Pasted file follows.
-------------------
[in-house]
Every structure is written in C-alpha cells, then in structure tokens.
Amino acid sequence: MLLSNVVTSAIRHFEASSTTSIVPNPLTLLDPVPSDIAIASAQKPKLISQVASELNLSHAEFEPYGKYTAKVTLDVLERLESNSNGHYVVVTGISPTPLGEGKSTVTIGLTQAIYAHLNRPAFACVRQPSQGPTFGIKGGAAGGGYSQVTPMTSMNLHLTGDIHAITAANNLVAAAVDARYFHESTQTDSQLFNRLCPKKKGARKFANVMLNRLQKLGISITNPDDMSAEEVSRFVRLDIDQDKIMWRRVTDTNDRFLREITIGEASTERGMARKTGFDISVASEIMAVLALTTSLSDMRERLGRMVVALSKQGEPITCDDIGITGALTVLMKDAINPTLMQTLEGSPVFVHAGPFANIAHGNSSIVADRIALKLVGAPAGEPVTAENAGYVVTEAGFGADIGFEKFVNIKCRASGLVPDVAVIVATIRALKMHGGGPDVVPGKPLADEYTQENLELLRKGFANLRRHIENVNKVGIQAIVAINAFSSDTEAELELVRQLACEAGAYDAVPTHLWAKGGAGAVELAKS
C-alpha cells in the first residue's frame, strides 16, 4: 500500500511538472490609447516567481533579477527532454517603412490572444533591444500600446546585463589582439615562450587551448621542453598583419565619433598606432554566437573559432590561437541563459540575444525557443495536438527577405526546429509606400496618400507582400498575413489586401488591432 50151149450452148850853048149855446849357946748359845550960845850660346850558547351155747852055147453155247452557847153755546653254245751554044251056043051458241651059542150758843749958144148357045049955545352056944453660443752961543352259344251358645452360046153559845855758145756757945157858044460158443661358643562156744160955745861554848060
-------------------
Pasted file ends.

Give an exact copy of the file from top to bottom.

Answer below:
[in-house]
Every structure is written in C-alpha cells, then in structure tokens.
Amino acid sequence: MLLSNVVTSAIRHFEASSTTSIVPNPLTLLDPVPSDIAIASAQKPKLISQVASELNLSHAEFEPYGKYTAKVTLDVLERLESNSNGHYVVVTGISPTPLGEGKSTVTIGLTQAIYAHLNRPAFACVRQPSQGPTFGIKGGAAGGGYSQVTPMTSMNLHLTGDIHAITAANNLVAAAVDARYFHESTQTDSQLFNRLCPKKKGARKFANVMLNRLQKLGISITNPDDMSAEEVSRFVRLDIDQDKIMWRRVTDTNDRFLREITIGEASTERGMARKTGFDISVASEIMAVLALTTSLSDMRERLGRMVVALSKQGEPITCDDIGITGALTVLMKDAINPTLMQTLEGSPVFVHAGPFANIAHGNSSIVADRIALKLVGAPAGEPVTAENAGYVVTEAGFGADIGFEKFVNIKCRASGLVPDVAVIVATIRALKMHGGGPDVVPGKPLADEYTQENLELLRKGFANLRRHIENVNKVGIQAIVAINAFSSDTEAELELVRQLACEAGAYDAVPTHLWAKGGAGAVELAKS
C-alpha cells in the first residue's frame, strides 16, 4: 500500500511538472490609447516567481533579477527532454517603412490572444533591444500600446546585463589582439615562450587551448621542453598583419565619433598606432554566437573559432590561437541563459540575444525557443495536438527577405526546429509606400496618400507582400498575413489586401488591432 50151149450452148850853048149855446849357946748359845550960845850660346850558547351155747852055147453155247452557847153755546653254245751554044251056043051458241651059542150758843749958144148357045049955545352056944453660443752961543352259344251358645452360046153559845855758145756757945157858044460158443661358643562156744160955745861554848060